HMS SNAPPER (Lt G V Prowse) had returned to the UK from the Mediterranean at the beginning of WW2 commanded by Lt Cdr W D A King. After a short but eventful patrol in the North Sea, where King managed to save the day by driving SNAPPER off a shallow bank by the Dutch coast, she underwent refit.
She was ready for sea in January 1941 and, because Lt Cdr King was in hospital, sailed for her 13th patrol under the command of Lieutenant G V Prowse. She sailed from the UK on 29 January 1941 for a patrol area in the northern part of the Bay of Biscay and was ordered to leave her patrol on 10 February to rendezvous with her escort on 12 February.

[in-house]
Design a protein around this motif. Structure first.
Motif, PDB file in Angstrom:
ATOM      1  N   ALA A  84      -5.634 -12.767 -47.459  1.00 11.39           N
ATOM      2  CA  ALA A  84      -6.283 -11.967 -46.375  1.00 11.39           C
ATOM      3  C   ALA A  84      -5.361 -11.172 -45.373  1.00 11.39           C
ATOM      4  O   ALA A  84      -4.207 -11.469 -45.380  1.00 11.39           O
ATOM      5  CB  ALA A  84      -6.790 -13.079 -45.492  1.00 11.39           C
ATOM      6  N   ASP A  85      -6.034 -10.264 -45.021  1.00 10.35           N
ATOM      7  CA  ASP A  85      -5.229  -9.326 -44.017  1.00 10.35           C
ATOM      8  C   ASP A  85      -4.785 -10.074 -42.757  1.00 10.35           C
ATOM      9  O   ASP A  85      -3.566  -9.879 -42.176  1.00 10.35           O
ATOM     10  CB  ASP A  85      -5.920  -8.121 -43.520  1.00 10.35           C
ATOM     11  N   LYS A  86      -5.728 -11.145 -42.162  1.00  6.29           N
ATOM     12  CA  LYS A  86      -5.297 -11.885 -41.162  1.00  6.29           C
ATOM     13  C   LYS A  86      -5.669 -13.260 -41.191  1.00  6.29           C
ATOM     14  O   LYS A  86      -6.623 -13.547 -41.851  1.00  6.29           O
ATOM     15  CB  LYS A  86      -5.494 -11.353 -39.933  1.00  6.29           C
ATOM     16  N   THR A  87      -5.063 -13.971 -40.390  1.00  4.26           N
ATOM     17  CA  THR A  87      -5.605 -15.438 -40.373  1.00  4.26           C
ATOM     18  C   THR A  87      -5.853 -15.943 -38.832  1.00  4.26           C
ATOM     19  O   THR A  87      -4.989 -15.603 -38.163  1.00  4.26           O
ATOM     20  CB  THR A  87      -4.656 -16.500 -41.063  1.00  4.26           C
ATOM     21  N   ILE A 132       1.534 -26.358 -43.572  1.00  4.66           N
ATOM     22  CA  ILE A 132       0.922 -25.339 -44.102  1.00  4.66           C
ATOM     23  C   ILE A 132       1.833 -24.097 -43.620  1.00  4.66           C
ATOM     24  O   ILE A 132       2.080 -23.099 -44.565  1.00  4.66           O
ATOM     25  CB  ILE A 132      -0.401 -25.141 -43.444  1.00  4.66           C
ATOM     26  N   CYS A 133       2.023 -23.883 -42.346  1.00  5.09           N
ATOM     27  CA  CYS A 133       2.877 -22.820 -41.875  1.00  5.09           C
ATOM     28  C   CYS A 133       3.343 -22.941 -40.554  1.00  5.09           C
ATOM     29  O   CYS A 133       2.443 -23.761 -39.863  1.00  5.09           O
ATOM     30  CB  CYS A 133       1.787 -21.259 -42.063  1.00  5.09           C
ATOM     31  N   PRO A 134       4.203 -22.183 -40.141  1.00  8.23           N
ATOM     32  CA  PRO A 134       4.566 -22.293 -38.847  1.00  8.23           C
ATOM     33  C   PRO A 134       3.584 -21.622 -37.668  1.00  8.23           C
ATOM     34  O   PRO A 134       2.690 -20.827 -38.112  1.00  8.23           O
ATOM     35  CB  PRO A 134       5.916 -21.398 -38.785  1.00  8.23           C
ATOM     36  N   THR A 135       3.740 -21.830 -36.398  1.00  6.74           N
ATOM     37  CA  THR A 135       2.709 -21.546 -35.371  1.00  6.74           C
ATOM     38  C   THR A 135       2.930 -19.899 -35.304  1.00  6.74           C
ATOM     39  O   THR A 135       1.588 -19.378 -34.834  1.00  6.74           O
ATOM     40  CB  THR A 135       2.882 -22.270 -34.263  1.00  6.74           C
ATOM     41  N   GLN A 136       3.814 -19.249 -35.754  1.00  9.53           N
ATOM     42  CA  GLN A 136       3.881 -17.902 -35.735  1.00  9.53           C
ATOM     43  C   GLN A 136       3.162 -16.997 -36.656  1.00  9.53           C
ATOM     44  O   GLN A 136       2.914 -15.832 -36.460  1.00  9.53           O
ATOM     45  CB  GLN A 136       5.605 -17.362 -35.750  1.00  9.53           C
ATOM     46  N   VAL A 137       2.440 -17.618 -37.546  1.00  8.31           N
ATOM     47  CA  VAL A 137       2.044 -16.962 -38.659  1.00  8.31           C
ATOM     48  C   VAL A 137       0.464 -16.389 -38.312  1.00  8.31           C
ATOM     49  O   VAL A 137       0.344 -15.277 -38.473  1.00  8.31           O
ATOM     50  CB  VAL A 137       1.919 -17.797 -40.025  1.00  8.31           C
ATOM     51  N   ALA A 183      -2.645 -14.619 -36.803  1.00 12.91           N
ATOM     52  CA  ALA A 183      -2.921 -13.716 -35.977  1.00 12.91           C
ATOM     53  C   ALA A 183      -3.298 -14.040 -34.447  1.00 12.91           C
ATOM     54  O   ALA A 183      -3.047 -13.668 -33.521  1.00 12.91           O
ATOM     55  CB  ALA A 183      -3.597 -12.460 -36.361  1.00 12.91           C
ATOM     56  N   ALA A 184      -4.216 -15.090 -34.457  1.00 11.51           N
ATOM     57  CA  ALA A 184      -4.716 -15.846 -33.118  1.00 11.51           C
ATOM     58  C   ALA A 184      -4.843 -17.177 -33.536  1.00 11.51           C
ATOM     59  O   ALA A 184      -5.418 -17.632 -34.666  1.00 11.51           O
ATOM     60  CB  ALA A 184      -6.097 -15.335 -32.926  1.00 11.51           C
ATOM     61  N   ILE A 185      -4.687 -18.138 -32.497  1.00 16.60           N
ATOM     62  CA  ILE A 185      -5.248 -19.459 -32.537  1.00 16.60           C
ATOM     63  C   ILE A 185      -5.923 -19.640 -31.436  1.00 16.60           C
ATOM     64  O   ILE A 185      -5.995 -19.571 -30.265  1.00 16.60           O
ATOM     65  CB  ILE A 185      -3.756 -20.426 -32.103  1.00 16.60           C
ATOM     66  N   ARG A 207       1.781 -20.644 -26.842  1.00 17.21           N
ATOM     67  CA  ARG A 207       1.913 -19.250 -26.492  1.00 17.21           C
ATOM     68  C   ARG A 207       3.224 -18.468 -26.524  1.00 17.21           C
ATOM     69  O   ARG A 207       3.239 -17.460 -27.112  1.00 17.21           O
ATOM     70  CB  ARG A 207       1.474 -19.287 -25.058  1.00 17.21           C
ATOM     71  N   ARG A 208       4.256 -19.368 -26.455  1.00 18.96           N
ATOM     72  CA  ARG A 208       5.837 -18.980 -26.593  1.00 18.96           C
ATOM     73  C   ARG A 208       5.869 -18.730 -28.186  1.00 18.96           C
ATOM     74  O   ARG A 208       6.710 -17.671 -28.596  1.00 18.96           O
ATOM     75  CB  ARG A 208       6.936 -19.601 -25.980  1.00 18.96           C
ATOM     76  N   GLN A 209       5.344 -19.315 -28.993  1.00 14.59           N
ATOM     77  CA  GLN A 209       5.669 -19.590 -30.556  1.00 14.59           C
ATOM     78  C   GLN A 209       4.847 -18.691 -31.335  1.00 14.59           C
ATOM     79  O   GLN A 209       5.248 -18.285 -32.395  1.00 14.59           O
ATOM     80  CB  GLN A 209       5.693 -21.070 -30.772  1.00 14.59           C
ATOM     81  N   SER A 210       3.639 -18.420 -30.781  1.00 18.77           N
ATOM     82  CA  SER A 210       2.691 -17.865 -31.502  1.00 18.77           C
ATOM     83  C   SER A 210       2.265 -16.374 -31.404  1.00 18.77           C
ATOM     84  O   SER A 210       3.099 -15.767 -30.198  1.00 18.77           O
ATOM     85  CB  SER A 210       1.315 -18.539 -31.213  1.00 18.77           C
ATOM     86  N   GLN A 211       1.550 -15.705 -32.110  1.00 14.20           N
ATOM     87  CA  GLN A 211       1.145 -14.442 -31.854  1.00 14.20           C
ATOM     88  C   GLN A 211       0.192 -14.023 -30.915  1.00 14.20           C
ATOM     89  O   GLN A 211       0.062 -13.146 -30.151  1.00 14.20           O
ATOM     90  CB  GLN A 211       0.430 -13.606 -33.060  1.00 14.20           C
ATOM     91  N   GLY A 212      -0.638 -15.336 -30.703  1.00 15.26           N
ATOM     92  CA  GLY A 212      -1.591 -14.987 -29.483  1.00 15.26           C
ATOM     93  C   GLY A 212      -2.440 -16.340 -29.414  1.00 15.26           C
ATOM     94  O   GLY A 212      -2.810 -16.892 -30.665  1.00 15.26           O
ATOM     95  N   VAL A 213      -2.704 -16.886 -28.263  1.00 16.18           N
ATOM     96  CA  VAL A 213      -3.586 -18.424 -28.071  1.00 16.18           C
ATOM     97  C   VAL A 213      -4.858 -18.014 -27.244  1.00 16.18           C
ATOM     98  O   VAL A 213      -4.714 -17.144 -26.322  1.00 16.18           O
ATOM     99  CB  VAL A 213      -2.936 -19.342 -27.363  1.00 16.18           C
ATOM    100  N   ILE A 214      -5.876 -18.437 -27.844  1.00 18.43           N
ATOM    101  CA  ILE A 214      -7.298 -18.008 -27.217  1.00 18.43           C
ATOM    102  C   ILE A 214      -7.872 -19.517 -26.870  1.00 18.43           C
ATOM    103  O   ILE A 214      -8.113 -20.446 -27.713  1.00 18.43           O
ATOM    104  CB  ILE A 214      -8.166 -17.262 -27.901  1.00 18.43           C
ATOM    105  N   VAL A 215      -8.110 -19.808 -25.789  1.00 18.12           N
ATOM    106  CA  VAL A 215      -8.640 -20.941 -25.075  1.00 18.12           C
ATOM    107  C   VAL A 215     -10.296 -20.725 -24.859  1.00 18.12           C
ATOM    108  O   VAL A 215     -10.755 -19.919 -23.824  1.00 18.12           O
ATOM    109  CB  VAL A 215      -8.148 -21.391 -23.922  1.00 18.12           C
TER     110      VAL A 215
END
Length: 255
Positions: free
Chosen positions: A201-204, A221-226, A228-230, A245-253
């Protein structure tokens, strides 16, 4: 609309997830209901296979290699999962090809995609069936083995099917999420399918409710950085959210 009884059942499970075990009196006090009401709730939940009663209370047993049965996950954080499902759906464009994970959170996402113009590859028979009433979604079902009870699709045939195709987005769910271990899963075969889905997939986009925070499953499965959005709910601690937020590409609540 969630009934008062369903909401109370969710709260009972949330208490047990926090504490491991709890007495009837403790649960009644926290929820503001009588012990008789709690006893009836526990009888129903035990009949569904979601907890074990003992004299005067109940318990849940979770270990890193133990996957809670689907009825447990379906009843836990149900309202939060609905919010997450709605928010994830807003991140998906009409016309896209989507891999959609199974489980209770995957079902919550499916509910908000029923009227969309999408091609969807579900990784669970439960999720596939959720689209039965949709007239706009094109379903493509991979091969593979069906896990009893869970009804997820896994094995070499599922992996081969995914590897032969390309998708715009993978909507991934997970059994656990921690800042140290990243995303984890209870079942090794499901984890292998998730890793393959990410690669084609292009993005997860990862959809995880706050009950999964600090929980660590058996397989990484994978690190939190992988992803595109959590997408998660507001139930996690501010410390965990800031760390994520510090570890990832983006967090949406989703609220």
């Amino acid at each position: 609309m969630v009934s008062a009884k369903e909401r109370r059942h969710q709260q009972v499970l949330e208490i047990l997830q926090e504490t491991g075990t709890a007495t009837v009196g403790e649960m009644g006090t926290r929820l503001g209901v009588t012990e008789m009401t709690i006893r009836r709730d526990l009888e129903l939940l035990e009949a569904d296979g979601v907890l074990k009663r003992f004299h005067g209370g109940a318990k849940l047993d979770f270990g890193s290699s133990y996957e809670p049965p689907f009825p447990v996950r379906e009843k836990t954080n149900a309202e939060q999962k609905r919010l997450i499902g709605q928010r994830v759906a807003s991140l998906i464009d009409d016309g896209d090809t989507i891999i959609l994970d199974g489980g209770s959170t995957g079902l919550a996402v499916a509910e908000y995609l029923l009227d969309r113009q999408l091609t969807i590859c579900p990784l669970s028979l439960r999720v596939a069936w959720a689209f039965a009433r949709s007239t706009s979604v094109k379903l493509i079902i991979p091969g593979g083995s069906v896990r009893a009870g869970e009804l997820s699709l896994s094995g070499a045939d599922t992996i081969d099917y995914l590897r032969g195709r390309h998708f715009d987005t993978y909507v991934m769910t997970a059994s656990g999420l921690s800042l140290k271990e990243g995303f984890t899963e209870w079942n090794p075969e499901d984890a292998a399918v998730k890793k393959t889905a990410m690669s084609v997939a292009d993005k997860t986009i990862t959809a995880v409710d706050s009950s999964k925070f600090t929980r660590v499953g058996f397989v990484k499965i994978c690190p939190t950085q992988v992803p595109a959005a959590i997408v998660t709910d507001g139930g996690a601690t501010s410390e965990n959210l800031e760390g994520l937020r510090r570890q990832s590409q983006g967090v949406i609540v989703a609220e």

Three German minesweepers were attacked by a submarine in a position consistent with SNAPPER patrol area on the night of 10 February. In response, fifty-six depth charges were dropped and, although no concrete evidence of a sinking was noted, a strong sonar contact was seen to fade. No definite cause for SNAPPER loss has been identified but it is probable that she was fatally damaged by the minesweepers.
There is a bench dedicated to the memory of HMS SNAPPER in the churchyard of All Saints Parish Church, Wraxall, North Somerset.